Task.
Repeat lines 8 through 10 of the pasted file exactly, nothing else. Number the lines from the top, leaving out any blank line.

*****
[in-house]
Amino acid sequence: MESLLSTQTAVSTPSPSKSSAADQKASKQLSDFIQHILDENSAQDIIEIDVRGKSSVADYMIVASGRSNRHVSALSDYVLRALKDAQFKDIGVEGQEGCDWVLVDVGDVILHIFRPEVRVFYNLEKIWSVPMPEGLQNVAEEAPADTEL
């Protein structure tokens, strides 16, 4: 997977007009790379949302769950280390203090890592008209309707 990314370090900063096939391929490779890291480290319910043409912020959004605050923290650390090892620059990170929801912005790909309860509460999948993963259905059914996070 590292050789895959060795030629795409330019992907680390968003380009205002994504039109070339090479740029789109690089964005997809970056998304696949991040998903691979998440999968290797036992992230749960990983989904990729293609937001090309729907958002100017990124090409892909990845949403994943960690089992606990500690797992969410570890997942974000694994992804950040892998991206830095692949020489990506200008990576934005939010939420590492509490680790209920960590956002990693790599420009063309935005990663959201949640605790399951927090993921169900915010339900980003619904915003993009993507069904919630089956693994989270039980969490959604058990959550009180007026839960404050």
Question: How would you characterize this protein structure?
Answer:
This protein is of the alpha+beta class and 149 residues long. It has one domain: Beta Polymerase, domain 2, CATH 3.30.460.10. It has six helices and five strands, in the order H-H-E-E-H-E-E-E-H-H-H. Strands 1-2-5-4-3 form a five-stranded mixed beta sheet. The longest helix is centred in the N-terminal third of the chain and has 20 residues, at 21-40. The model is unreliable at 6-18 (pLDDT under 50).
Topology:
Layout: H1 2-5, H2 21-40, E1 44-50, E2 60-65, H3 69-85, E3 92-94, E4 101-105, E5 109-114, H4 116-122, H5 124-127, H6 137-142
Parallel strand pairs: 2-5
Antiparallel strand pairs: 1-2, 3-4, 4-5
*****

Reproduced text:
Layout: H1 2-5, H2 21-40, E1 44-50, E2 60-65, H3 69-85, E3 92-94, E4 101-105, E5 109-114, H4 116-122, H5 124-127, H6 137-142
Parallel strand pairs: 2-5
Antiparallel strand pairs: 1-2, 3-4, 4-5